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COBB, Phebe

Phebe cobb
Ottokee March 18th 1889
Mr. D.W. H. Howard
Dear Sir:
In the proceedings of the Fulton County Pioneer meeting held in Wauseon February 22nd 1889, I noticed in the list of deceased members of the association, for the past year that the name of my mother Phebe L. Cobb, who died March 16th 1888, was not included. Thinking perhaps that it was an oversight you will do me a favor to include her name with the rest as I am quite sure she was a member of the Pioneer association and if such her death ought to be noticed by them.
I remain yours truly,
A.H. Cobb
Please enter the name and we will see to it at the meeting 22 Aug.

In Memoriam – Phebe Cobb nee: Knapp
Mrs. Phebe L. Cobb was born Oct 6th, 1820 in New Fairfield, Connecticut –
was married to O.A. Cobb in New York City November 1841 – came, with her husband, to what is now Fulton County in May 1846; died March 16th, 1888.She was the mother of six children, three died early. Ernest, born 1843, enlisted in the war of the Rebellion. He was discharged in 1863 from disability; he died in March following soon after reaching home. Four times she had yielded a loved one to the Angel of Death.
Settled in Ottokee in 1846:
Can the young women of today, looking over this county, with its broad acres of cultivated lands, its pleasant homes, filled (many of them) with not only the convenience but luxuries of life, comprehend what it was for a young wife to leave home and friends in the East and come here forty-four years ago?
What a demand for courage and self-sacrifice for one like her, with a loving heart,
tender sympathies, a keen appreciation of all beautiful things, and insatiable thirst for intellectual advancement, to leave the enjoyments and advantages found in the neighborhood of schools, colleges and public libraries, and go with her husband to build a new home in the then, far away wilds of Ohio.
Let the mind drift back to that period - forty-four years ago – we stand in the shadow of a forest, broken by patches of clearing around the rude cabins of the first settlers. Blazed trees mark the roads between settlements, winding around swamps and ravines, only the east and west roads being regularly laid out. No outlet for water falling on a large area of land, it stands in bogs and marshes filling the atmosphere with miasma poison that spreads disease in early cabin.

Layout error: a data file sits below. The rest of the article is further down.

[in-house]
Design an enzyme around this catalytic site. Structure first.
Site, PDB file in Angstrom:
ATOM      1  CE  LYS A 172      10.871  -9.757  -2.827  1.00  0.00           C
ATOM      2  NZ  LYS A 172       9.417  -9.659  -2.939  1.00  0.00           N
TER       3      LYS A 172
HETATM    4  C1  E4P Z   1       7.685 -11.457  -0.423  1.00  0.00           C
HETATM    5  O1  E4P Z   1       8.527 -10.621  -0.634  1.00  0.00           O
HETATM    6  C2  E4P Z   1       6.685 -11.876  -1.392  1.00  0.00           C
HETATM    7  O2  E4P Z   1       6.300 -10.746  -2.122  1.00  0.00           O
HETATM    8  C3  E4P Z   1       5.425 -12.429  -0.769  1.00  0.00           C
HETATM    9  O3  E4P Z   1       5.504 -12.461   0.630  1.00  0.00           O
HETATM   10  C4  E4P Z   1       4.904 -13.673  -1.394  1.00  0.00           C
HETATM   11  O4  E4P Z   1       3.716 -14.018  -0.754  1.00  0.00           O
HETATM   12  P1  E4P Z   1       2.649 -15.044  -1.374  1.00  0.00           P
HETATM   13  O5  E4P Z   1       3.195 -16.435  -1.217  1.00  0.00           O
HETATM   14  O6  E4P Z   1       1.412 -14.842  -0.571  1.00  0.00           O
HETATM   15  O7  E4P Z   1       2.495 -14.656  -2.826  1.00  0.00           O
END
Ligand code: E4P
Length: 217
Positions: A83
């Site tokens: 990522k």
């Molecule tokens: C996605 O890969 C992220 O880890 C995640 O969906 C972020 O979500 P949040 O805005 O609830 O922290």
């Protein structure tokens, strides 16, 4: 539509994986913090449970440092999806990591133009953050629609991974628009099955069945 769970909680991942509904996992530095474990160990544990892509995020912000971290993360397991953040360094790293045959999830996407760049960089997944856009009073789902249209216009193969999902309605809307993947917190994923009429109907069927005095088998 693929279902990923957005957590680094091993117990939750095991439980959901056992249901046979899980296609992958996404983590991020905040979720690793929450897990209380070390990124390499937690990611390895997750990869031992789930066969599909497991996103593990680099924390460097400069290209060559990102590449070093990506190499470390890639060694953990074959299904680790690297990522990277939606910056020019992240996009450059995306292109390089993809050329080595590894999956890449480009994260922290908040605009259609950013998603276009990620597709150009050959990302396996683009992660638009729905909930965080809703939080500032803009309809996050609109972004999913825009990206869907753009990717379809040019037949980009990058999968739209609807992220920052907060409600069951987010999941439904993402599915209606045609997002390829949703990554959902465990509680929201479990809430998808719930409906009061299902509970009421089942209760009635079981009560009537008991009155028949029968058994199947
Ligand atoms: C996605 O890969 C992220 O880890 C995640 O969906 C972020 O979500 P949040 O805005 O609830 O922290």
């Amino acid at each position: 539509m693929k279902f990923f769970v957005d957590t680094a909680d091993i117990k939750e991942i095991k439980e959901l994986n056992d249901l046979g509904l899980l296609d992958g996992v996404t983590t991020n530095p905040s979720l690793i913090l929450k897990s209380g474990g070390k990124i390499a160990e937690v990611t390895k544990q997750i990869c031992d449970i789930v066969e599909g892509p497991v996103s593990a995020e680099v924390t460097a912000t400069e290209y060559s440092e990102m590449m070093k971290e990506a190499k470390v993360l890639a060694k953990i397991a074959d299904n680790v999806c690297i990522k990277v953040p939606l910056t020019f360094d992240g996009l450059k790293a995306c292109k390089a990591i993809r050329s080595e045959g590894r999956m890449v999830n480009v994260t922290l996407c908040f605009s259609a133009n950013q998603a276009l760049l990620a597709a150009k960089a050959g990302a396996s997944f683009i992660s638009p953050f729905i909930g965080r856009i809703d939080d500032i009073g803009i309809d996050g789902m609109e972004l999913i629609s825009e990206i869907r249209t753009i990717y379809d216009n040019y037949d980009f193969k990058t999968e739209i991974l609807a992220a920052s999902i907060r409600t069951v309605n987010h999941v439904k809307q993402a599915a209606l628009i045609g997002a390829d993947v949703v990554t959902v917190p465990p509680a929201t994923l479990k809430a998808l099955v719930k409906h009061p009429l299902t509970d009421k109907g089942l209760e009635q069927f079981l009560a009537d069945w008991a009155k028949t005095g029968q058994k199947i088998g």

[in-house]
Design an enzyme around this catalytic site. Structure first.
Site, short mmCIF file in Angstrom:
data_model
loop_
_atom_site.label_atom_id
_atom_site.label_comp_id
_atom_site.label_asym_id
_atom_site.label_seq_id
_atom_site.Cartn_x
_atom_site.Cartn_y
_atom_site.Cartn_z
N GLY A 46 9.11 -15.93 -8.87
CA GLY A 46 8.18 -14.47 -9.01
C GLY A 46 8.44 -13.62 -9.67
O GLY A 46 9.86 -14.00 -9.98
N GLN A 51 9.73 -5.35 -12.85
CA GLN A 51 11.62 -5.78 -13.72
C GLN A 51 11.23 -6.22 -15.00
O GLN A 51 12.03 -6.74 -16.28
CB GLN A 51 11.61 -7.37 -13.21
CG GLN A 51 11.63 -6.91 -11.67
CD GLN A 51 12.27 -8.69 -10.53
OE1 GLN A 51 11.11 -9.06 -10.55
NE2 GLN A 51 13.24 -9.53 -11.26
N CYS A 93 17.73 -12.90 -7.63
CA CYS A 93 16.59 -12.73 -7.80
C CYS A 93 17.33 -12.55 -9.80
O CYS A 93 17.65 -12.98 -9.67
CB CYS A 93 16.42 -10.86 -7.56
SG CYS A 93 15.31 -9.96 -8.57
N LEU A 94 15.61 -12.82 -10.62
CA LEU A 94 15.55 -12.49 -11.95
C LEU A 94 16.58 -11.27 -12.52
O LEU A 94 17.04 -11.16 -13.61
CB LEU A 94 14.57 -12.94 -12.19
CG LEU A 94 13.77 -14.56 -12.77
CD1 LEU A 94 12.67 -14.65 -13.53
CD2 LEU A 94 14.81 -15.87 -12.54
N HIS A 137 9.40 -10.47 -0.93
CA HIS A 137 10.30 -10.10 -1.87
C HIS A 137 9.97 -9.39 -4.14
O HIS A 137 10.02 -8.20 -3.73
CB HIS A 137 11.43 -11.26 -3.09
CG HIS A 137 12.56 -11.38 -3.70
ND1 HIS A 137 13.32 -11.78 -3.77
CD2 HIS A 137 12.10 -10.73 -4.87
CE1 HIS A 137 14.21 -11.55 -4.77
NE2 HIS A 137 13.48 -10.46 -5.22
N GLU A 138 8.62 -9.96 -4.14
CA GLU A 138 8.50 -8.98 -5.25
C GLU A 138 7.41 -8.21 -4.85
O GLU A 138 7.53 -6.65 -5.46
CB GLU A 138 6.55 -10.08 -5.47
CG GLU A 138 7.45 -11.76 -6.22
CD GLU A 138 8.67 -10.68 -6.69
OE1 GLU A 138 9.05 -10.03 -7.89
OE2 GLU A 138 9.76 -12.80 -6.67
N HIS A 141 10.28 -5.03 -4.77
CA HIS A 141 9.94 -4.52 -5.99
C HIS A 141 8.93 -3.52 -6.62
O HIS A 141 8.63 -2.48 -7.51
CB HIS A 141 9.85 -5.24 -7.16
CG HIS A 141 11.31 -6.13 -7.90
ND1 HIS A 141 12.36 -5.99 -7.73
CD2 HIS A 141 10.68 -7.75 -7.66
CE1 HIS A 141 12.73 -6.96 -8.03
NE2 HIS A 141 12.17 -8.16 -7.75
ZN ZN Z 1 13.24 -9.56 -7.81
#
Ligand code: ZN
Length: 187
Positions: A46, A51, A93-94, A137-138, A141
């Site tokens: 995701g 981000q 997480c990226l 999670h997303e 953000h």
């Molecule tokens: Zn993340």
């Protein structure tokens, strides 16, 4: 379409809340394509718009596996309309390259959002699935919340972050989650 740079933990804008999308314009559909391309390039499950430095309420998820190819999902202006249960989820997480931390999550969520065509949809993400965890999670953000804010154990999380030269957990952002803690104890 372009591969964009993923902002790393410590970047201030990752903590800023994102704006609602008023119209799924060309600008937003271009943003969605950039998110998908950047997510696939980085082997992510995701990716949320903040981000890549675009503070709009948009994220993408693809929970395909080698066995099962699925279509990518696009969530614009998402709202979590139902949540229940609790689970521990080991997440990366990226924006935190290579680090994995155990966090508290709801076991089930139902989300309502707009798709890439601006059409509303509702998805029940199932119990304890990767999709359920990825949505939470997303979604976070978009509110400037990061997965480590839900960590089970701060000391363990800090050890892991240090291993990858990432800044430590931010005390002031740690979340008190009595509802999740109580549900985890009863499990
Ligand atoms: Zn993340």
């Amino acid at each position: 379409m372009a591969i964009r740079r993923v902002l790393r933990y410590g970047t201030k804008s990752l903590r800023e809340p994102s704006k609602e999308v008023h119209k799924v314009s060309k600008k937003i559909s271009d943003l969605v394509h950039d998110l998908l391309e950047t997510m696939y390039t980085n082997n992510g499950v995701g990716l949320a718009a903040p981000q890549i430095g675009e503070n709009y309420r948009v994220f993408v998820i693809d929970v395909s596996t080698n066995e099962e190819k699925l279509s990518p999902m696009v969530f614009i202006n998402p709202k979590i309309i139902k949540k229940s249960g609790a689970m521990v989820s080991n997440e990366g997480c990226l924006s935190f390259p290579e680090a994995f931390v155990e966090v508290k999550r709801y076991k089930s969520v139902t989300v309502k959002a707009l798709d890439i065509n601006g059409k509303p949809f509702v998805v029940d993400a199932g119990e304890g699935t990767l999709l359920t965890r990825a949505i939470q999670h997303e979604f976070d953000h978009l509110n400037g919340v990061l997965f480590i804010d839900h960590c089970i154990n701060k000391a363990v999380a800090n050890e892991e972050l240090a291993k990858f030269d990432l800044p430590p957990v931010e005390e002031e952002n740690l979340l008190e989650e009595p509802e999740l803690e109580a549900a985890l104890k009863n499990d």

Toledo, then only fourteen years from its first settlement, was but a dirty little town remarkable for nothing save its unwholesome atmosphere floating up from the filthy Maumee, whose sluggish water “Did cream and mantle like a standing pool”. The air of that little city by the lake did not then, as now, palpitate with the shriek of engines and the roll of ponderous freights. It stood in comparative silence, its wharf being the one important place of the town. For all direct eastward travel embarked there and to that point came a great share of the westward travel, landing there with their goods and shuttles and pursuing their course from hence with teams to their destinations.
It was there that Brother Cobb’s party disembarked; the importance of the dock to that town can be estimated from the fact that he was charged $12.00 for landing his horses and wagons upon it. We think of Toledo now as out a few minutes distant from us but then the now dragging of a team over wretched roads with the “Six Mile Woods” to pass through in the trip, made it a dread, even, for stalwart men.
They arrived in Ottokee in May 1846, four years before the place was named, and four years before there was a Fulton County. They immediately commenced the building of a frame house, the first one erected for miles around and moved in before doors or windows were made. It was a mane of severe trials, Sickness, privations, hardships, such as only pioneer life can know. What pin can ever record the struggles, the sufferings the heart aches, attending the settlement of a new country?
The miscreant rising from standing water and decaying vegetation brought all forms of malarial disease, not only to their family but to all the families in reach of them. But such trials developed the grandest womanhood; there was courage, strength, and soul in it, a beautiful unselfishness that almost commands our worship.
The first little schoolhouse was completed on the corner, just east of D. Number’s Store; (the site should be appropriately mark). Mrs. Cobb sufficiently recovered from her first year’s sickness, taught the first school in it, in 1847. Beginning her labors there for the community, her whole life was one of helpful blessings to all who knew her. Her fine appreciation of intellectual enjoyments made the privations of isolated life more keenly felt. “Dearly bought the hidden treasure, finer feelings can bestow hearts that vibrate sweetest pleasure, thrill the deepest notes of woe.” But as fire refines and brightens the golden ore so trial enlarges and enriches the soul.
With the love and devotion of a faithful wife and mother she hushed the yearning for the old house life and set earnestly to work to make the new one enjoyable. How grandly well she succeeded the many who have shared her hospitality can attest. She was loved and respected by all who knew her. An effort to emulate her virtues will be the highest tribute we can pay to her memory.
By Julia P. Aldrich
Transcribing note: This was written in 1889

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